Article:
Washington, D.C. A top New York anti-terror official said Tuesday that trials of Guantanamo Bay detainees could weaken the ability of the FBI and other agencies to chase new cases.
Richard Falkenrath, a New York Police Department official who was a homeland security expert in the Bush administration, said high-profile terrorism trials in the U.S. could reduce the number of agents available to pursue new investigations.
Recently, the Justice Department brought suspect Ahmed Ghailani from the detention center at Guantanamo Bay, Cuba, to New York to face trial for al-Qaida attacks on U.S. embassies in Africa. Falkenrath said that kind of decision “is raising a lot of very difficult issues for investigators who now find themselves required to support these prosecutions.”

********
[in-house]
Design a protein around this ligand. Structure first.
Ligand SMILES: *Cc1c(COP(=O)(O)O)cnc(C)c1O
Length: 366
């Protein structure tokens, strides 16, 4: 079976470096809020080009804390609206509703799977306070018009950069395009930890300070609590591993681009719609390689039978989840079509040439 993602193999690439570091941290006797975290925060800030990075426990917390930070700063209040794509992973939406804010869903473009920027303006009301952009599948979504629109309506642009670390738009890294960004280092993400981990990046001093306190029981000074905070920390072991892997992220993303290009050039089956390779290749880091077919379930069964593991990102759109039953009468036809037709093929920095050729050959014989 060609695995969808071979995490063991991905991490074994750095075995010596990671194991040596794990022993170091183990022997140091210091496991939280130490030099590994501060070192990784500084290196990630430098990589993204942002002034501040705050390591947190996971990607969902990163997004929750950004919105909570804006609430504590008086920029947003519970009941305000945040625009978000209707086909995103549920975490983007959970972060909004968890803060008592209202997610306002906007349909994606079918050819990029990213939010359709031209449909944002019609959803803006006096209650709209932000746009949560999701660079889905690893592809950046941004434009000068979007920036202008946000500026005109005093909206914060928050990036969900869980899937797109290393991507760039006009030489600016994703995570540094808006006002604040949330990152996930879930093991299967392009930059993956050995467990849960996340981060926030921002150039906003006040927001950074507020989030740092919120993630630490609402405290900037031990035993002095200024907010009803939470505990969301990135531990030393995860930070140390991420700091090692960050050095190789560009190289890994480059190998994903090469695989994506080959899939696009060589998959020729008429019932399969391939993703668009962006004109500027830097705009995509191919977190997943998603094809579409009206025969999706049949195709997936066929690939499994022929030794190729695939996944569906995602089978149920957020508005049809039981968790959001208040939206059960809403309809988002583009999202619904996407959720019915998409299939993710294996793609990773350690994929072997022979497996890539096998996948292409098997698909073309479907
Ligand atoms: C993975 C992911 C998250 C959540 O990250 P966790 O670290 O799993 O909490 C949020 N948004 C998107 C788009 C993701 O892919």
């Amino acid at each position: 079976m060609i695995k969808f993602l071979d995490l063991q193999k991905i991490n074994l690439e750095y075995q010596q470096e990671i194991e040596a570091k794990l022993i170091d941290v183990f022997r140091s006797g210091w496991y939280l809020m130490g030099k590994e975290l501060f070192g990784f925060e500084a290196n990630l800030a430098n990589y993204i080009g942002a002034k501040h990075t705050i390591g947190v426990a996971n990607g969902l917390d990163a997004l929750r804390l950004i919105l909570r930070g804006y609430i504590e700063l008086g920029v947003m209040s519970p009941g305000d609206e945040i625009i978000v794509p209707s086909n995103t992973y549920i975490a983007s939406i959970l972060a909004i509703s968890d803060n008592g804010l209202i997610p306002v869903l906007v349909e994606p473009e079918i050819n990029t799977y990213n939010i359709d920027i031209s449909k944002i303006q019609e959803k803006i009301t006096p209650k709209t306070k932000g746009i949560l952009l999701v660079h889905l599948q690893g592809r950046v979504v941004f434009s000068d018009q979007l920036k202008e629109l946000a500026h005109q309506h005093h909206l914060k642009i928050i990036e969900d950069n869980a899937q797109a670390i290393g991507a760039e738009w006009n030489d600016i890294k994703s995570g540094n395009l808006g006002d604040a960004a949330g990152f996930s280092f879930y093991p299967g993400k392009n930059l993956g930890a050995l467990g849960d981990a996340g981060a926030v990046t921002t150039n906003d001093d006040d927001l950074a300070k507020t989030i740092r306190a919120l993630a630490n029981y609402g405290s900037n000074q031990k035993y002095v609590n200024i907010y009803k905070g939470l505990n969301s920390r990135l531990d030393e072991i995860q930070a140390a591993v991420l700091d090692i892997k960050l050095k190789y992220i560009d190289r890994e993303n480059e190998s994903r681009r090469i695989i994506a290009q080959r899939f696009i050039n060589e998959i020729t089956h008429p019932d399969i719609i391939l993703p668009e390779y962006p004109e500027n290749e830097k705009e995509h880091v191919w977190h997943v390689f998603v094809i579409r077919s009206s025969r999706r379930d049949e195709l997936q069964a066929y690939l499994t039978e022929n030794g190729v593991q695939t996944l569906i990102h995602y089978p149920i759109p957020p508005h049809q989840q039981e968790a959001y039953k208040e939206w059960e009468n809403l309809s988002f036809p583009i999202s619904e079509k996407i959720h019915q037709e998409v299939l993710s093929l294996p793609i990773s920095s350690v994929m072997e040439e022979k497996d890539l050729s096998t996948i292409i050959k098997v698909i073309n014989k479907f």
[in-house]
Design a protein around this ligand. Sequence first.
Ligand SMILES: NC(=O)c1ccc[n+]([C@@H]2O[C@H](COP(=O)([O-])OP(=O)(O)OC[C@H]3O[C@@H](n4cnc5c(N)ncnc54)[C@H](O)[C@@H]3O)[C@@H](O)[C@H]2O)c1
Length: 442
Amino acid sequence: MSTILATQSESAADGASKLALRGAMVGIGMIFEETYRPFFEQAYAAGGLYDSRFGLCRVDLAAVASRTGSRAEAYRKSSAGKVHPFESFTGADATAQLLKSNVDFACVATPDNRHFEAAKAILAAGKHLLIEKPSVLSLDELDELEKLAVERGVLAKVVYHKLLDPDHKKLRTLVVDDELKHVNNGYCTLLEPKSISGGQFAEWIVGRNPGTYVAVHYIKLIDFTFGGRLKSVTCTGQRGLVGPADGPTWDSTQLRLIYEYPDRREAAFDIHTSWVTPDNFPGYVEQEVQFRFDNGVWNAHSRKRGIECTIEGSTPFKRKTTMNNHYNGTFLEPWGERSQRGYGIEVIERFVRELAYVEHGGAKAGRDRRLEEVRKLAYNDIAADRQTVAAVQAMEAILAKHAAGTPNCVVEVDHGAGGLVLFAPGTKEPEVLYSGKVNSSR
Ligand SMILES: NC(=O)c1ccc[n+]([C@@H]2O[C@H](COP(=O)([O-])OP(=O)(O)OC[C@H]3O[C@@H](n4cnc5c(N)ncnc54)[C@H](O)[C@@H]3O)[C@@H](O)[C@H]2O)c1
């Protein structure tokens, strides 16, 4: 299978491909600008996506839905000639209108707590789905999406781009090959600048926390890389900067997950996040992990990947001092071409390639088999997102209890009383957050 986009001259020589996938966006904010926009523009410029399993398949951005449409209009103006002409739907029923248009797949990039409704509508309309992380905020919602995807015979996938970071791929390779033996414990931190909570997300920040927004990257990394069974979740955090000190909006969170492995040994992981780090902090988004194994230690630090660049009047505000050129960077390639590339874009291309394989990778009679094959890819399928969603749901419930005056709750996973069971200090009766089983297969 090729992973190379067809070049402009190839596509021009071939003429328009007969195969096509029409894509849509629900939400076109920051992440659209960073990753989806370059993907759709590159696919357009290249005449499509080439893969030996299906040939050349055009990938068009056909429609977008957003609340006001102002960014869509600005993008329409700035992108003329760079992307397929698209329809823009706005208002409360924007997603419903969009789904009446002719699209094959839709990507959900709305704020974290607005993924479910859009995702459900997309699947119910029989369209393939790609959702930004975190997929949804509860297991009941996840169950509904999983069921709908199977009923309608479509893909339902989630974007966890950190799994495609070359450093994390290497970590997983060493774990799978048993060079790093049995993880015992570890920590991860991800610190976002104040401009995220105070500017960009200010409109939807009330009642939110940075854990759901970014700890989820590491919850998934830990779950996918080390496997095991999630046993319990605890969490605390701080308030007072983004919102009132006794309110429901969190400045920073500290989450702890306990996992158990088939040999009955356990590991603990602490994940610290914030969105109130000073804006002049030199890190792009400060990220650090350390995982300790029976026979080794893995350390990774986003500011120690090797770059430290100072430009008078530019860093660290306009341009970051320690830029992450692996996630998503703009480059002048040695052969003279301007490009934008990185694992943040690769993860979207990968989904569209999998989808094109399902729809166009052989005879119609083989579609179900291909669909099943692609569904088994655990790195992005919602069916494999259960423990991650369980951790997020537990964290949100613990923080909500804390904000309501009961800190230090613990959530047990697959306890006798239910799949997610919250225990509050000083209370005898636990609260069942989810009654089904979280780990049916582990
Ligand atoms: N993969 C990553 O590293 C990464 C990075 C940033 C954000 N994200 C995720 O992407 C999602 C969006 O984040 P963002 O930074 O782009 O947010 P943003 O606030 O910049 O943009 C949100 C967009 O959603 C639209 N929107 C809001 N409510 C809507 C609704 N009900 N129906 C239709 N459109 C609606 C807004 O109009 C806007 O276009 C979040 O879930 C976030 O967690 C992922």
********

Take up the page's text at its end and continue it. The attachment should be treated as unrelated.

Typically, one or more FBI agents will be assigned to help prosecutors at trial, and in a large, complex terror case like Ghailani’s, there can be months of additional work for many agents in and outside of a courtroom.